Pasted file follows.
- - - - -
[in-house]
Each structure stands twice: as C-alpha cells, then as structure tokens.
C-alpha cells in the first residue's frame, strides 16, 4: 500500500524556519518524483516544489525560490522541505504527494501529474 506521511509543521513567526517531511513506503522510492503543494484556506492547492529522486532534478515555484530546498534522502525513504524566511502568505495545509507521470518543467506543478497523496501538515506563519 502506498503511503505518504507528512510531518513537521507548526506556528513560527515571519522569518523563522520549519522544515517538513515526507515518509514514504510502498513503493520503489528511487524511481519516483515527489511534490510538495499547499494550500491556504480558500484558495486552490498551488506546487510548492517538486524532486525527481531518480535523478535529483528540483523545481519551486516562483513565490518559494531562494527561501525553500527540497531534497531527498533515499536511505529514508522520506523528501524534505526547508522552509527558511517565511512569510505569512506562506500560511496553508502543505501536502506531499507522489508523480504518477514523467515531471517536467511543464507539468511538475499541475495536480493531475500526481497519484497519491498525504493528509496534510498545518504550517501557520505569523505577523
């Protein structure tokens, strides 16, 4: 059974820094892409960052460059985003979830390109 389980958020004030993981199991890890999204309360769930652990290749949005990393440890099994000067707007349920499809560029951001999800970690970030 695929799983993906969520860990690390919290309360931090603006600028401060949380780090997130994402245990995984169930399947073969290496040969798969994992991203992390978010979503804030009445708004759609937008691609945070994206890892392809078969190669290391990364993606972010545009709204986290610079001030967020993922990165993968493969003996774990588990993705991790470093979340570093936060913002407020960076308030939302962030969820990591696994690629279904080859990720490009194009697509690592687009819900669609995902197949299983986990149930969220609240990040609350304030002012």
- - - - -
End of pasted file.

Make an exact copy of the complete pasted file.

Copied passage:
[in-house]
Each structure stands twice: as C-alpha cells, then as structure tokens.
C-alpha cells in the first residue's frame, strides 16, 4: 500500500524556519518524483516544489525560490522541505504527494501529474 506521511509543521513567526517531511513506503522510492503543494484556506492547492529522486532534478515555484530546498534522502525513504524566511502568505495545509507521470518543467506543478497523496501538515506563519 502506498503511503505518504507528512510531518513537521507548526506556528513560527515571519522569518523563522520549519522544515517538513515526507515518509514514504510502498513503493520503489528511487524511481519516483515527489511534490510538495499547499494550500491556504480558500484558495486552490498551488506546487510548492517538486524532486525527481531518480535523478535529483528540483523545481519551486516562483513565490518559494531562494527561501525553500527540497531534497531527498533515499536511505529514508522520506523528501524534505526547508522552509527558511517565511512569510505569512506562506500560511496553508502543505501536502506531499507522489508523480504518477514523467515531471517536467511543464507539468511538475499541475495536480493531475500526481497519484497519491498525504493528509496534510498545518504550517501557520505569523505577523
């Protein structure tokens, strides 16, 4: 059974820094892409960052460059985003979830390109 389980958020004030993981199991890890999204309360769930652990290749949005990393440890099994000067707007349920499809560029951001999800970690970030 695929799983993906969520860990690390919290309360931090603006600028401060949380780090997130994402245990995984169930399947073969290496040969798969994992991203992390978010979503804030009445708004759609937008691609945070994206890892392809078969190669290391990364993606972010545009709204986290610079001030967020993922990165993968493969003996774990588990993705991790470093979340570093936060913002407020960076308030939302962030969820990591696994690629279904080859990720490009194009697509690592687009819900669609995902197949299983986990149930969220609240990040609350304030002012």